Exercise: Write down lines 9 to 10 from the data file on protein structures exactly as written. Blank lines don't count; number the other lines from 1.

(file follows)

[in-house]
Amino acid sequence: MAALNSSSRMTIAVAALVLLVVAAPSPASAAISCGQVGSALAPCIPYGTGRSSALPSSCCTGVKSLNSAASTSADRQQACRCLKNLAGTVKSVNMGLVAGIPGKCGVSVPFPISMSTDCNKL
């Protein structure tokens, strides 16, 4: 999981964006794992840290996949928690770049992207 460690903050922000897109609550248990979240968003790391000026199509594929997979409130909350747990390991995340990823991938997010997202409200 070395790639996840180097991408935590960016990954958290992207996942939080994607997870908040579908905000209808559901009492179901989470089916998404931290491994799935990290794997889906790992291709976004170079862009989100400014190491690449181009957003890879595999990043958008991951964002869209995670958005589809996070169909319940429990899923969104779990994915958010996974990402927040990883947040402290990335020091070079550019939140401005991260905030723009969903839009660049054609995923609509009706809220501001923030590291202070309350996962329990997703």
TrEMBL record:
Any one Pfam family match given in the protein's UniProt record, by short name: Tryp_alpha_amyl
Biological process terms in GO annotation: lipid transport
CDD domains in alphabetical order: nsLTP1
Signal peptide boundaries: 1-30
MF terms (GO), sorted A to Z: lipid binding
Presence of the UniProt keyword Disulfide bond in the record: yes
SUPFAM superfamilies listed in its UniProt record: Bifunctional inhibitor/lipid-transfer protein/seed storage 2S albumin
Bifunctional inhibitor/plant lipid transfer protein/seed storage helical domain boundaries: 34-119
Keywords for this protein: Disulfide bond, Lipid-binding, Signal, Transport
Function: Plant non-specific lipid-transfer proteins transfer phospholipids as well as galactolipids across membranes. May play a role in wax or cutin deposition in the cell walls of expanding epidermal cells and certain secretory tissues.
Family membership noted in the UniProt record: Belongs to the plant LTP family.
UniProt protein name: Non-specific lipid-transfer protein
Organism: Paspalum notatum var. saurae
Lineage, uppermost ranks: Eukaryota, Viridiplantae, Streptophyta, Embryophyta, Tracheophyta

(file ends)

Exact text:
MF terms (GO), sorted A to Z: lipid binding
Presence of the UniProt keyword Disulfide bond in the record: yes